Legislation introduced in 2014 extended the right to request flexible working to all employees. Fast forward to 2018 and what has changed?
In my role as a legal recruiter here at Thornton Legal I work part time, flexible hours and have the option to work from home yet not all employers are willing to embrace this modern and forward-thinking approach. In a recent survey 87% of candidates wanted or needed flexible working yet only 11% of roles advertised now refer to an ‘openness to flexible working’.
As a recruiter, candidate’s I work with are requesting flexible or part time work more and more. Whilst some clients open it with open arms (which makes my job a lot easier) others are still deemed to be operating in the ‘dark ages’ with the traditional 9-5 sat at your desk all day approach. I all too often see clients loose out on some of the best candidates and top talent on the market to rival firms.
Many law firms in certain practice areas are struggling to fill positions and attract candidates with the role often being advertised for months. So, what are the advantages of flexible working to consider for your firm?
- Attracting a wider range of candidates
Offering flexible working in today’s modern landscape is a massive pull factor for candidates for many reasons. It also gives employees a sense of the kind of firm they will be employed by and assurances that they can continue within their future career. It also attracts candidates from further afield such as those who would otherwise be put off by a long commute into work everyday with the knowledge that they can split their time between the office and home.
- Lowers costs for you as the employer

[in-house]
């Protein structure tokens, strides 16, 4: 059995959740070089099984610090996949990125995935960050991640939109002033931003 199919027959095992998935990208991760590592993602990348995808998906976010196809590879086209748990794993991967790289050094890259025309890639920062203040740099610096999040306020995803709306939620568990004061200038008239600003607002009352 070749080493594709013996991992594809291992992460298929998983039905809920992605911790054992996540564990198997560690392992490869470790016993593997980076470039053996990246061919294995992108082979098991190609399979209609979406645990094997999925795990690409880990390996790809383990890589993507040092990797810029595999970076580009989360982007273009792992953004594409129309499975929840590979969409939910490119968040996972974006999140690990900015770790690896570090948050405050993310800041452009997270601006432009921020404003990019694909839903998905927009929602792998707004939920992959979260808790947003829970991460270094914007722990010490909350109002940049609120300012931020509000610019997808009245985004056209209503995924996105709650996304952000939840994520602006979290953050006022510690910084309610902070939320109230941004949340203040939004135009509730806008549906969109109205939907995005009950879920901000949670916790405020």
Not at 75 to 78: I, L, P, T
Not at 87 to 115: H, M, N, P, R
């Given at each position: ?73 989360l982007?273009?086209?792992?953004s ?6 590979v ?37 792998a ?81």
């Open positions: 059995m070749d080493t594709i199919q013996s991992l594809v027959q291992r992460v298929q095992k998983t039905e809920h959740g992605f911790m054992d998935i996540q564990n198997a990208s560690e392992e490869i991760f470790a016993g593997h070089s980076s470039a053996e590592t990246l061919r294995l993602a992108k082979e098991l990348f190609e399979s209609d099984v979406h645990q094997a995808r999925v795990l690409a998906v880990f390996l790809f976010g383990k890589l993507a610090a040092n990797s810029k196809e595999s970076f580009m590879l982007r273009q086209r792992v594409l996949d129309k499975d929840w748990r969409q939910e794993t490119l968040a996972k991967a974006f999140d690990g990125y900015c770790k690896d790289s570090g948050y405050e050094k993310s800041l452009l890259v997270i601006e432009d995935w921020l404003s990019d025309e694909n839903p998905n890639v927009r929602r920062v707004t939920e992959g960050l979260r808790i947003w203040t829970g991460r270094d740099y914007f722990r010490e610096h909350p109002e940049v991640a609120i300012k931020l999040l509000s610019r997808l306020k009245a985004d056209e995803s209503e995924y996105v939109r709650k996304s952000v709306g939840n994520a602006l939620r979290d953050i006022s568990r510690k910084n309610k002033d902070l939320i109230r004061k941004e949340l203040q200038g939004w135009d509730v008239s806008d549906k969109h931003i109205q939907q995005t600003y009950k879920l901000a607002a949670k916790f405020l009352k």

Flexible working or remote working not only saves on salaries paid and sick days taken but also on space in the office too. Many employees working within law firms are now working remotely from home and many firms offer this to some degree. In the next few years I think this will be the norm and those flagging behind need to catch up to keep up to date with the changes inevitably ahead.
Less means more? I know first-hand the focus I put into my job knowing I have less days in the week to get things done. Many candidates feel that knowing they have employers support and trust to work from home/ flexibly means they are more committed to proving themselves and to working smarter often producing the same results as employees working full time or longer hours.
- Staff retention
Offering this benefit to staff means those who do have family commitments which would have prevented them from working traditionally may now stay with a firm they would otherwise have been forced to cut ties with. Staff request this benefit for many reasons such as returning from maternity or shared parental leave, childcare, caring for dependents, caring for elderly parents, cutting out a long daily commute. Requests can be from both men and women; parents and grandparents as modern society shares the burden.
Maybe it is time that businesses need to start asking “How can this role be done on a flexible basis?” instead of dismissing that “this role can’t be done flexibly”.